Iptables is a standard command-line firewall utility included in most Linux distributions by default. It uses policy chains to allow or block traffic. It is actually a front end to the kernel-level netfilter hooks that can manipulate the Linux network stack. It works by matching each packet that crosses the networking interface against a set of rules to decide what to do.
When a connection tries to establish itself on your system, iptables looks for a rule in its list to match it to. If it doesn’t find one, it resorts to the default action. There are three chains defined by default. They are INPUT, OUTPUT and FORWARD
To see what your policy chains are currently configured to do with unmatched traffic, run the iptables -L command.
# iptables -nL Chain INPUT (policy ACCEPT) target prot opt source destination Chain FORWARD (policy ACCEPT) target prot opt source destination Chain OUTPUT (policy ACCEPT) target prot opt source destination
INPUT – All packets destined for the host computer.
OUTPUT – All packets originating from the host computer.
FORWARD – All packets neither destined for nor originating from the host computer, but passing through (routed by) the host computer. This chain is used if you are using your computer as a router.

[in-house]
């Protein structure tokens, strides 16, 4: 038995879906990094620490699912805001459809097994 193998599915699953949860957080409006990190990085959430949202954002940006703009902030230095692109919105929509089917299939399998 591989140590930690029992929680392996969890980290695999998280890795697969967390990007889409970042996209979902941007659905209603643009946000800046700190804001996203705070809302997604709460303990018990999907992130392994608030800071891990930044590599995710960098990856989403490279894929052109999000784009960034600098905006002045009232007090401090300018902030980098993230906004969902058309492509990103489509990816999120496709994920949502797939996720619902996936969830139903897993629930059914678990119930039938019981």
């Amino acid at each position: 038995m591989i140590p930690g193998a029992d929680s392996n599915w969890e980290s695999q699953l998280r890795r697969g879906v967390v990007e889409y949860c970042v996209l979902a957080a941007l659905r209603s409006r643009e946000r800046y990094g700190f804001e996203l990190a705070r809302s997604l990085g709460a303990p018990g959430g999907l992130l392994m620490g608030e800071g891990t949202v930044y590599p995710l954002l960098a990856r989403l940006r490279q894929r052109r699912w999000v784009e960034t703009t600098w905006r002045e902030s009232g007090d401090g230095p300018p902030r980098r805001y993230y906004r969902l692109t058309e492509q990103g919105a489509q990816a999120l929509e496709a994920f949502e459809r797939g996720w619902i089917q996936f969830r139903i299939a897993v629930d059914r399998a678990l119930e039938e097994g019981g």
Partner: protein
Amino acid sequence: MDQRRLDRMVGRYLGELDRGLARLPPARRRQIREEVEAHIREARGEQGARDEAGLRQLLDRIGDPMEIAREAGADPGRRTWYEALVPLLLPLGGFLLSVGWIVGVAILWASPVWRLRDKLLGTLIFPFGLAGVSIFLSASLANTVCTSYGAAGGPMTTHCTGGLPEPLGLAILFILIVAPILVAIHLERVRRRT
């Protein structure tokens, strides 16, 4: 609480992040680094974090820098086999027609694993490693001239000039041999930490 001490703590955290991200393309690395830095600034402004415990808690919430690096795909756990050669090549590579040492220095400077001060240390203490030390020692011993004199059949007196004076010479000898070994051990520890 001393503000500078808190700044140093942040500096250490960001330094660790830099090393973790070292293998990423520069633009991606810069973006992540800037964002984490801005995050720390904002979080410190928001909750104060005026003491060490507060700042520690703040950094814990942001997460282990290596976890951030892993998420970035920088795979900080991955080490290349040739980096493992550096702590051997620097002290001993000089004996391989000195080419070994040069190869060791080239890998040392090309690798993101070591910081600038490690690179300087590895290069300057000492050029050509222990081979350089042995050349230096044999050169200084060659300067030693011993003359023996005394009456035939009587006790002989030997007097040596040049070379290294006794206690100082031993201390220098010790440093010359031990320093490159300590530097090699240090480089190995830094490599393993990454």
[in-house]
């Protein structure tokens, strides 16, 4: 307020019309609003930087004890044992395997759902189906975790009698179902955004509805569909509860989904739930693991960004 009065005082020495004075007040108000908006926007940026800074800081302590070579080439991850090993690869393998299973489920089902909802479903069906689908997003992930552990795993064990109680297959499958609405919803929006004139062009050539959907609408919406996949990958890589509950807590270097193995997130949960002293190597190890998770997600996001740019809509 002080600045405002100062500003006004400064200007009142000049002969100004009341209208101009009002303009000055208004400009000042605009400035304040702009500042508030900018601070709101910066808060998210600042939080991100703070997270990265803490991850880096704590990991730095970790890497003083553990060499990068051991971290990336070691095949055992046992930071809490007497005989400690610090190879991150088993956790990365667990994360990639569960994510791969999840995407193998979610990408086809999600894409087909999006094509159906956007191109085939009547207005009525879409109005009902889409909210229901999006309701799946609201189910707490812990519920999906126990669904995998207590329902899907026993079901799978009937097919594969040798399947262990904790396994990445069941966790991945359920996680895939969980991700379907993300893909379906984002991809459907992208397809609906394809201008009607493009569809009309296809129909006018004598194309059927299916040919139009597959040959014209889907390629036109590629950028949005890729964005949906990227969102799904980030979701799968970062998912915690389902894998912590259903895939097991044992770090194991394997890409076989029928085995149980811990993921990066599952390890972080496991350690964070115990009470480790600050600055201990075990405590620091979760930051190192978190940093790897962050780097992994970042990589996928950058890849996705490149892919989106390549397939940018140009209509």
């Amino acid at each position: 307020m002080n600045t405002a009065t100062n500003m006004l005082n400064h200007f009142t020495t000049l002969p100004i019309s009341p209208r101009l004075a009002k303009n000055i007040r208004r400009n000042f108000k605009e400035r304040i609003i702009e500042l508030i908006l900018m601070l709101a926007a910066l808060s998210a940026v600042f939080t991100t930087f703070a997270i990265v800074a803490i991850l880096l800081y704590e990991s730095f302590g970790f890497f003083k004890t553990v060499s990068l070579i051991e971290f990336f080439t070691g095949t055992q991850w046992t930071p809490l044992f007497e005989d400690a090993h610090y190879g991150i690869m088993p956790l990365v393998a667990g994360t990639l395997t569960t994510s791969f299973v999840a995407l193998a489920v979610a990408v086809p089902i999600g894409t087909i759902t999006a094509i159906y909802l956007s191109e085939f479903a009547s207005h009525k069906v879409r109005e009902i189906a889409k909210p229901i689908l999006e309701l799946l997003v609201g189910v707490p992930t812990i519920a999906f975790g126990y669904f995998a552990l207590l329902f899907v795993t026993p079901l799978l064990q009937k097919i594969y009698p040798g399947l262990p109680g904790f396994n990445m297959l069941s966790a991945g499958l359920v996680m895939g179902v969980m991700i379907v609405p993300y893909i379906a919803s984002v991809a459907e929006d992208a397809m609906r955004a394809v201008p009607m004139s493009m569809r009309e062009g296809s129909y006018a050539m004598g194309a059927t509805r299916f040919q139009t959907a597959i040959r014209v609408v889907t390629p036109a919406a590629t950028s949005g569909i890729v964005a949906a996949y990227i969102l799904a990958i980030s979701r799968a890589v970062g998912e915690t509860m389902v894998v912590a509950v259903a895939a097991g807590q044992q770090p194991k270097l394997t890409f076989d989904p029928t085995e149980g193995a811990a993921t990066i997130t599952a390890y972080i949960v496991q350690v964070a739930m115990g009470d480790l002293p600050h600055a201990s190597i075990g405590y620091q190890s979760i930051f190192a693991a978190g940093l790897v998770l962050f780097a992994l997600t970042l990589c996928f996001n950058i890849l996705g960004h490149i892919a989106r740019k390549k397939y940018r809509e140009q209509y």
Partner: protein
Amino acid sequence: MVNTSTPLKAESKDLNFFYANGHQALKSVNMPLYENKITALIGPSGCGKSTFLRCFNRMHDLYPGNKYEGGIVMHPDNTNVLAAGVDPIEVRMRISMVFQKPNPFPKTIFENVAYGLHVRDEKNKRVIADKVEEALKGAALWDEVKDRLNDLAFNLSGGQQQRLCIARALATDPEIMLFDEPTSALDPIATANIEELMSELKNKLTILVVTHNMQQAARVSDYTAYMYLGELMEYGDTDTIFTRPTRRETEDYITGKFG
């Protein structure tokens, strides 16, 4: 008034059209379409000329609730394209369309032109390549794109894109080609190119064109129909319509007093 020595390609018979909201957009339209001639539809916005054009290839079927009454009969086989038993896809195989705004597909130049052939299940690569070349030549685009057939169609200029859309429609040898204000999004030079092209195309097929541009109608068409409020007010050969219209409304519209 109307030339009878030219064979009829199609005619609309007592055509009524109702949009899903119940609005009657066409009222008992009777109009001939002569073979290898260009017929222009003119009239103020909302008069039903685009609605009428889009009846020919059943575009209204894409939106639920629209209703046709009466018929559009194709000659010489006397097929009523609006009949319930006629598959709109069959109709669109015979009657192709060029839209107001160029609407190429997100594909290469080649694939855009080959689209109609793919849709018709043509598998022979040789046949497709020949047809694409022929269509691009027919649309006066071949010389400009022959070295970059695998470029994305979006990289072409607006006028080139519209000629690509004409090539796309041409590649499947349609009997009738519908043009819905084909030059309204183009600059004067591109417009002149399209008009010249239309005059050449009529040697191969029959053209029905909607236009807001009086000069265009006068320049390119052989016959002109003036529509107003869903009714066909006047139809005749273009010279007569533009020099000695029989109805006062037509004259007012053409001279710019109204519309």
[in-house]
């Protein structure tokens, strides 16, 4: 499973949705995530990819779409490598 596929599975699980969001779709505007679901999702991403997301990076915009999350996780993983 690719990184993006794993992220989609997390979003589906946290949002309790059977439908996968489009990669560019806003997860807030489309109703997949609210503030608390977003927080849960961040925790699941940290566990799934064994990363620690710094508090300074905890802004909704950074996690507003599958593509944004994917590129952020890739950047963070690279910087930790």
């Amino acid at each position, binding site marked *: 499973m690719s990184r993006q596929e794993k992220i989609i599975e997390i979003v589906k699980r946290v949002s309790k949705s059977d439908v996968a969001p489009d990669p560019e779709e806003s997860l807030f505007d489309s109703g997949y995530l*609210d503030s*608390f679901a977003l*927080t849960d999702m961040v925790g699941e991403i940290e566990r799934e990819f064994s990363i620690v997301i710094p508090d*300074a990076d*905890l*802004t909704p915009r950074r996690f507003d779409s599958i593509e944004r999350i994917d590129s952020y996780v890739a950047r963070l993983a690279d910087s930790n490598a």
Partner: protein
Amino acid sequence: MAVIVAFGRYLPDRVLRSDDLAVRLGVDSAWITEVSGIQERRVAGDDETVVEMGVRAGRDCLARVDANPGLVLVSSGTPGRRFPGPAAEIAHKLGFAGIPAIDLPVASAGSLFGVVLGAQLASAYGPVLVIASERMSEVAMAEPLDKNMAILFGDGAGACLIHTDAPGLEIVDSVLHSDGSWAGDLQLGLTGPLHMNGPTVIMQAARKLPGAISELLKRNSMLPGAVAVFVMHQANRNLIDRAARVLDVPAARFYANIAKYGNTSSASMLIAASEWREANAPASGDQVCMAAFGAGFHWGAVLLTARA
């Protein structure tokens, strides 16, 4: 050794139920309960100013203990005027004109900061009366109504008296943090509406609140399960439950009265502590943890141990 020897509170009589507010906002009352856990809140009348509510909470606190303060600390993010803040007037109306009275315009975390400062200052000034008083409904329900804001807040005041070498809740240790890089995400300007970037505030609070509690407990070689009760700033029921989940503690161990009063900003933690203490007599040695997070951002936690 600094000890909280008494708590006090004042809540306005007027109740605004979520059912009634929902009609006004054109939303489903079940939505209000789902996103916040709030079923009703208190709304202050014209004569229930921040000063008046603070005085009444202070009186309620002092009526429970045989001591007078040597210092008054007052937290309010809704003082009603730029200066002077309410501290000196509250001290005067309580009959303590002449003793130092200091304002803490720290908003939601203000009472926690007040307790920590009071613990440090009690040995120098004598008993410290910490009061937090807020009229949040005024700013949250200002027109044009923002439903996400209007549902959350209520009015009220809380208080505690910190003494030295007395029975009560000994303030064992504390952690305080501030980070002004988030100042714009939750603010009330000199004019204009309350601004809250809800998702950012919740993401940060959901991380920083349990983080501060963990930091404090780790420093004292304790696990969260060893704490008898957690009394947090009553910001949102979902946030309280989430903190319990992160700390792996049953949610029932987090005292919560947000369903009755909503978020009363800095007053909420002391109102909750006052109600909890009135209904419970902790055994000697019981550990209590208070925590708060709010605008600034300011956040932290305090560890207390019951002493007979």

Policy Chain Default Behavior
By default it is “ACCEPT”, you can see the same using iptables -L ( see the above image for details ). In this case, without any rules all the ports and connections are open and we need to add rules for blockign the requests.
If required to block all connections except some specific rules, then we can set default policy to “DROP” and add accept rules as per your requirement.
Accept – Allow the connection.
Drop – Drop the connection, act like it never happened. This is best if you don’t want the source to realize your system exists.
Reject – Don’t allow the connection, but send back an error. This is best if you don’t want a particular source to connect to your system, but you want them to know that your firewall blocked them.
Simple rule to block incoming and outgoing connections to one ip.
iptables -A INPUT -s 192.168.1.1 -j DROP iptables -A INPUT -d 192.168.1.1 -j DROP
Above rule explained
-A rule append -s source address -d destination address -j target for rule
CSF and APF
APF and CSF both aren’t firewalls, they are just the utilities to control iptables, the actual firewall.
ConfigServer Firewall (csf)is a Stateful Packet Inspection (SPI) firewall, Login/Intrusion Detection and Security application for Linux servers.
Advanced Policy Firewall (APF) is an iptables(netfilter) based firewall system designed around the essential needs of today’s Internet deployed servers and the unique needs of custom deployed Linux installations.